Should we feel sorry

Songwriters and copyrights: should we feel sorry for Ed Sheeran?

There’s a big issue in the music world centering around copyright infringement, George Harrison’s My Sweet Lord, Led Zeppelin’s Stairway to Heaven, and many other notable, and not so notable tunes, have found their way to the center of copyright infringement cases. But were these songwriters actually stealing someone else’s music?

Take Ed Sheeran for example. He is an English born singer-songwriter and like many songwriters, music runs in his family. His brother Matthew composes classical music. Ed may be the more talented one of the two brothers with having created his first LP the Orange Room when he was only fourteen-years-old.

Sheeran has been sued for copyright violations more than once. The first time he was sued for copying Amazing by Matt Cardle on his song, Photograph, which just happens to be his first his song. He has also been sued for stealing parts of Let’s Get It On by Marvin Gaye on his song Thinking Out Loud. He was even accused of ripping off parts from Sean Carey’s I Found You while writing The Rest Of Our Lives for top artists Tim McGraw and Faith Hill.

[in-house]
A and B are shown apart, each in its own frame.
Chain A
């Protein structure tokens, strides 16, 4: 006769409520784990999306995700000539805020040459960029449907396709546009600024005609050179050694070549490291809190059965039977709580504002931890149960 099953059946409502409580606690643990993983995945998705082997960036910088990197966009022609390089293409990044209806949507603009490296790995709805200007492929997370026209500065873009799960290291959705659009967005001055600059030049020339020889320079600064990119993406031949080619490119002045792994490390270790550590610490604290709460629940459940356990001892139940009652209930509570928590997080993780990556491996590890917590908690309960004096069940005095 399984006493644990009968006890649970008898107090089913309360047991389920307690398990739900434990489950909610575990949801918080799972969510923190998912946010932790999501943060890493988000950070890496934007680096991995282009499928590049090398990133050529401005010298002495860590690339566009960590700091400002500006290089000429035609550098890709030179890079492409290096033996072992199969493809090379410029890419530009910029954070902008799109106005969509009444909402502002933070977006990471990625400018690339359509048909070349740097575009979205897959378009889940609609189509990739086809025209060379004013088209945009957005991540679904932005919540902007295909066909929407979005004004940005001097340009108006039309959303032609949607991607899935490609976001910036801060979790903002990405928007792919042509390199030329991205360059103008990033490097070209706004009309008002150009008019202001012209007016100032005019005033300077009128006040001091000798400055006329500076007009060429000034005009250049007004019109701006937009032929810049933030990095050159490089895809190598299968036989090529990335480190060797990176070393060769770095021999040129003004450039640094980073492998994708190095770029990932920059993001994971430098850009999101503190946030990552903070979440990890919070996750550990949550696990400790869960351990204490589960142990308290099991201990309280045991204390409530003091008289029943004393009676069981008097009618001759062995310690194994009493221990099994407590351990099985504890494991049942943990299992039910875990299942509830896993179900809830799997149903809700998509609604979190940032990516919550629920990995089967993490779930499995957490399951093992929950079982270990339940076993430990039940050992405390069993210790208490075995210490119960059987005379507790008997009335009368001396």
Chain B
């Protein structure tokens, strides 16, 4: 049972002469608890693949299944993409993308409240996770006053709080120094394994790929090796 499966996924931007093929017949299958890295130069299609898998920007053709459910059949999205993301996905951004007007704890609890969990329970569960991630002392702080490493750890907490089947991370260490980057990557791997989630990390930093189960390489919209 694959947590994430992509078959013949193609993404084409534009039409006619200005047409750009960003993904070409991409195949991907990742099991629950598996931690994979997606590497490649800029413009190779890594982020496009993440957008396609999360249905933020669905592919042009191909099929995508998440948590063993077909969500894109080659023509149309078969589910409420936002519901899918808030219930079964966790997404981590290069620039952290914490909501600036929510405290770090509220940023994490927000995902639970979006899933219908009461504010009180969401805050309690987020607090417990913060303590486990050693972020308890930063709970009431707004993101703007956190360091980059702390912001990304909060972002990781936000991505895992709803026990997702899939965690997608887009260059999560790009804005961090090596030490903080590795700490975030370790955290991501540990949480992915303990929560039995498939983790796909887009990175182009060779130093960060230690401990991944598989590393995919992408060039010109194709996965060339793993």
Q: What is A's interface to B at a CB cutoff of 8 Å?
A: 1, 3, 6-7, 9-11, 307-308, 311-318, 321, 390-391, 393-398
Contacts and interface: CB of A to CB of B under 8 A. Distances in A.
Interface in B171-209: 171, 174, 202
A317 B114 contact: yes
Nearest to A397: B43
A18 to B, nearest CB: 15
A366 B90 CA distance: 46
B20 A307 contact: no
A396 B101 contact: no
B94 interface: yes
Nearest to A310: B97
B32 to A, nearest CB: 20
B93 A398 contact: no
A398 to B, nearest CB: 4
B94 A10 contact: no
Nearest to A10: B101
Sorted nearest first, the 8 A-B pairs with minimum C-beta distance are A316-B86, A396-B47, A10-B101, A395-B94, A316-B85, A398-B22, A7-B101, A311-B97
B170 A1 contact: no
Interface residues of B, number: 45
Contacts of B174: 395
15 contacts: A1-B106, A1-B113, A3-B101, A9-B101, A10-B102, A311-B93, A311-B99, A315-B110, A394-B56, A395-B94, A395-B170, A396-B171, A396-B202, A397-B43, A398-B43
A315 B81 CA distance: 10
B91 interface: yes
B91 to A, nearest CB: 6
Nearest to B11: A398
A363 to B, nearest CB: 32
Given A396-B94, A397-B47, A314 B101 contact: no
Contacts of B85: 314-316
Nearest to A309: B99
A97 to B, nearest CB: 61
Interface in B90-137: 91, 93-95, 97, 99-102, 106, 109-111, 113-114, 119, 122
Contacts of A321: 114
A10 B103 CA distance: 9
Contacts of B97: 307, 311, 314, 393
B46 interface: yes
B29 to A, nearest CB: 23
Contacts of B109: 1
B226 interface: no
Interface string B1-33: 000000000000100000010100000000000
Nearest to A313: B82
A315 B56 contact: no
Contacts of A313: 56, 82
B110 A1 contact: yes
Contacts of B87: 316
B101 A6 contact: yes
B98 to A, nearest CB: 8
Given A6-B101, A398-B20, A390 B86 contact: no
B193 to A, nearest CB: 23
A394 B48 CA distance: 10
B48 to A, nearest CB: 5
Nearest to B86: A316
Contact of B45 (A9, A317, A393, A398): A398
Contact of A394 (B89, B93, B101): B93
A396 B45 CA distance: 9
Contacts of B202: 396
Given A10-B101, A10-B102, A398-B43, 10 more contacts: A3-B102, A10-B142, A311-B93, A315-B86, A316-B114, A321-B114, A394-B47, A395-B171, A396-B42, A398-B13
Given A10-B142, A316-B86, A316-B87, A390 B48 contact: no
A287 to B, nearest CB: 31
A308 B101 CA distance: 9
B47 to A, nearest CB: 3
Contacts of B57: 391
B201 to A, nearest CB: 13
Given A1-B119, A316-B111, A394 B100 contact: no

Melody, harmony, timbre, lyrical content is normally used to define the content of music. The fact is the most of the 970 million pop songs written in the last 50 years use only a hand full of chord progressions, makes it even more likely that sooner or later, a number of independent artists will stumble onto a very similar musical expression. Add to the fact that the broadcast of all of this music has been pretty ubiquitous for decades, regardless of the technology used to deliver it.  Most of us still living above a ground have heard many repetitions of these few chord progression throughout our lives.

That doesn’t mean that every copyright case is a simple memory lapse or random miscalculation on the part of the songwriter. Yet, intentionally lifting someone else’s work for the purpose of making money doesn’t seem to make sense either.

It wouldn’t  hard to unwittingly add a musical phrase from a pop song you heard when you nine-years-old into some tune you might be crafting twenty years later. Then again, you can be sure that the public will let you know pretty quickly if you’ve committed such a faux pas. Just ask Ed Sheeran.

 

About the author: Gary